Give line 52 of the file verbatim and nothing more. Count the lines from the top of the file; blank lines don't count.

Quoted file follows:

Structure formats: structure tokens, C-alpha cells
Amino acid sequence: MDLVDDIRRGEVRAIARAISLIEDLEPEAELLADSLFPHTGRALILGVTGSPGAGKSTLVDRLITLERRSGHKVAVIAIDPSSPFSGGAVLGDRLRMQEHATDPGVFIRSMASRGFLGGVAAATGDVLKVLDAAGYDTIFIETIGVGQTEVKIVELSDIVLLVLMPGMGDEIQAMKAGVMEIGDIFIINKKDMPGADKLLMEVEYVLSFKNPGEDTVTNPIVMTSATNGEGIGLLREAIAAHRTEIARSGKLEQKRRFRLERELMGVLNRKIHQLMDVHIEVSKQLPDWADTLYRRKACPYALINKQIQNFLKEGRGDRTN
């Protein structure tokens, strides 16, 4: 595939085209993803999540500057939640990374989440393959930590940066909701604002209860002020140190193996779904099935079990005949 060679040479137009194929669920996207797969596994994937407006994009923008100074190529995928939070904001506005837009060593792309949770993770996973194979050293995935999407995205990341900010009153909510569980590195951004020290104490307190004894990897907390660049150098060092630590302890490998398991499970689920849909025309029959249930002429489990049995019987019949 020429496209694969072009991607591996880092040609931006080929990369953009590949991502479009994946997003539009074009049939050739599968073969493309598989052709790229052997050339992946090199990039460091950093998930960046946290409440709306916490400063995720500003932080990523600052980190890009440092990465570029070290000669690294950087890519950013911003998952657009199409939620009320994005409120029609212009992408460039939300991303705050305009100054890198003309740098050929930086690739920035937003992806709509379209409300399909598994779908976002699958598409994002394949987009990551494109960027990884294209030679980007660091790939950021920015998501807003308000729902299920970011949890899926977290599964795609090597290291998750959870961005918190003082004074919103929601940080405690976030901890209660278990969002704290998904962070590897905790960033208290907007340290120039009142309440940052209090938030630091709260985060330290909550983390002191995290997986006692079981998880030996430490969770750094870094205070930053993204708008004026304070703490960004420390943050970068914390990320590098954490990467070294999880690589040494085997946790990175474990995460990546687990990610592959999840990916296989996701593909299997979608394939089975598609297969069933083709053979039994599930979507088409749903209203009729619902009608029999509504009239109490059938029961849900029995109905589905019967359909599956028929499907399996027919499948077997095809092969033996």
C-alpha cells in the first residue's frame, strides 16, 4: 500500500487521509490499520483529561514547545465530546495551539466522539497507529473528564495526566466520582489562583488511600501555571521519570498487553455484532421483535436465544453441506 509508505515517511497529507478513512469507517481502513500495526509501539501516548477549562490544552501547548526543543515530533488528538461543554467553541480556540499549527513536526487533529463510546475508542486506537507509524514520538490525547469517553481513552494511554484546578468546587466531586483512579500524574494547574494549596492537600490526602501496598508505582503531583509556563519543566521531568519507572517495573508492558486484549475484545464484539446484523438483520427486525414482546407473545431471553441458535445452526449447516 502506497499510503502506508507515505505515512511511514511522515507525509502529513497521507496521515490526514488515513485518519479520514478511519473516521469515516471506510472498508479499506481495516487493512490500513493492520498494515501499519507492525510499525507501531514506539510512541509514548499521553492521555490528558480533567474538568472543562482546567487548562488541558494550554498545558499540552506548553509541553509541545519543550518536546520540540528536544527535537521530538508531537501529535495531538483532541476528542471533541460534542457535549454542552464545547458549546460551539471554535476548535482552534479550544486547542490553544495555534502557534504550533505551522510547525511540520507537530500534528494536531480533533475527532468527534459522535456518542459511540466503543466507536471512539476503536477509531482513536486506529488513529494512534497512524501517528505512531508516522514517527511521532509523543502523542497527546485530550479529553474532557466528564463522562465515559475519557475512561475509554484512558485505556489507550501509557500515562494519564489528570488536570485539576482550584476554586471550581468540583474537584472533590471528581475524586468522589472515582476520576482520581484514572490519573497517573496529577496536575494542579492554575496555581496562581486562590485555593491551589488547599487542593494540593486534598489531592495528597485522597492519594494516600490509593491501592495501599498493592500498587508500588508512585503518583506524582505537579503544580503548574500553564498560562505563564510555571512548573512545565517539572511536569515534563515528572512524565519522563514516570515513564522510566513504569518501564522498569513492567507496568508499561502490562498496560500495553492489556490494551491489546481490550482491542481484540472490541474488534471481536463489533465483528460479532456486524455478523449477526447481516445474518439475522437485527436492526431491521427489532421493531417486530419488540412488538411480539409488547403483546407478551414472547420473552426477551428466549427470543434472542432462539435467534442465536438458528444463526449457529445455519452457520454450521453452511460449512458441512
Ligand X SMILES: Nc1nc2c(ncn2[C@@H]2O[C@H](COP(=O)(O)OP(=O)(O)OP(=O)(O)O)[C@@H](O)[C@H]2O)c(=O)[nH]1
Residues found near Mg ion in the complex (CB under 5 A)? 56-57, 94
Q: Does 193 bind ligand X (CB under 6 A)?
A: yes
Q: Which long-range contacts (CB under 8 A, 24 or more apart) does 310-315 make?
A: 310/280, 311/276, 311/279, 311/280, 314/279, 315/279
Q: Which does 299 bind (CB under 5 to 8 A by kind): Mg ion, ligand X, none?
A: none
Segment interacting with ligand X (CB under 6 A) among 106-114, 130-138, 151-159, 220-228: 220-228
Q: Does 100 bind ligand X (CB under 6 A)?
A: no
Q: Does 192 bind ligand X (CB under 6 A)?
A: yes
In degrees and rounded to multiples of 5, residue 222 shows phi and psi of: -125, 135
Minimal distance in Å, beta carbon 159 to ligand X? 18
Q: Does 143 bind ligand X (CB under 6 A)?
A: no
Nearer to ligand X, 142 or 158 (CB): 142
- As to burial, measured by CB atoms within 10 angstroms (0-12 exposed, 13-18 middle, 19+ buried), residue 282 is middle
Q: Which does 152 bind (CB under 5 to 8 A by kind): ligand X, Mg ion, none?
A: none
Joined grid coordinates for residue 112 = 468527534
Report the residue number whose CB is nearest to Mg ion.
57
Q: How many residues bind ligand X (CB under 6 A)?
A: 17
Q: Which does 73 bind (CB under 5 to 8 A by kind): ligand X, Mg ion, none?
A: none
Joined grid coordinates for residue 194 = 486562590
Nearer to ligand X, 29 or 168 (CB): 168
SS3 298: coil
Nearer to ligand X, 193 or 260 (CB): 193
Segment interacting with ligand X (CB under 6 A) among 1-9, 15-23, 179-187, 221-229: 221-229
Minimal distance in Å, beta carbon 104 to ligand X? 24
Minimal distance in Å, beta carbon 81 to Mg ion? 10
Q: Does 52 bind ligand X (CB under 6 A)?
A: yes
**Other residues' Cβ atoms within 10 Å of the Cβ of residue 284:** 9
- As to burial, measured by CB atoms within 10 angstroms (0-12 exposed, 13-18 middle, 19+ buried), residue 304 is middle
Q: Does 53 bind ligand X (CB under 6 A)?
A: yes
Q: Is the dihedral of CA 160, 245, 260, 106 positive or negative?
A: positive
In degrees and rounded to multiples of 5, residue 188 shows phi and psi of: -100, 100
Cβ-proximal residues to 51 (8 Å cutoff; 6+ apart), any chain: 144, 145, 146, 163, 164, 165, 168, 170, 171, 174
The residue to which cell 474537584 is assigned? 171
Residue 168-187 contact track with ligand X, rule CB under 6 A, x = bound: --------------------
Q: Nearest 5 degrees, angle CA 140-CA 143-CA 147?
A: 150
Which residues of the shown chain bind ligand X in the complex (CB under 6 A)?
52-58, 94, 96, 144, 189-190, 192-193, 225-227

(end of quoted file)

Q: Nearest 5 degrees, angle CA 140-CA 143-CA 147?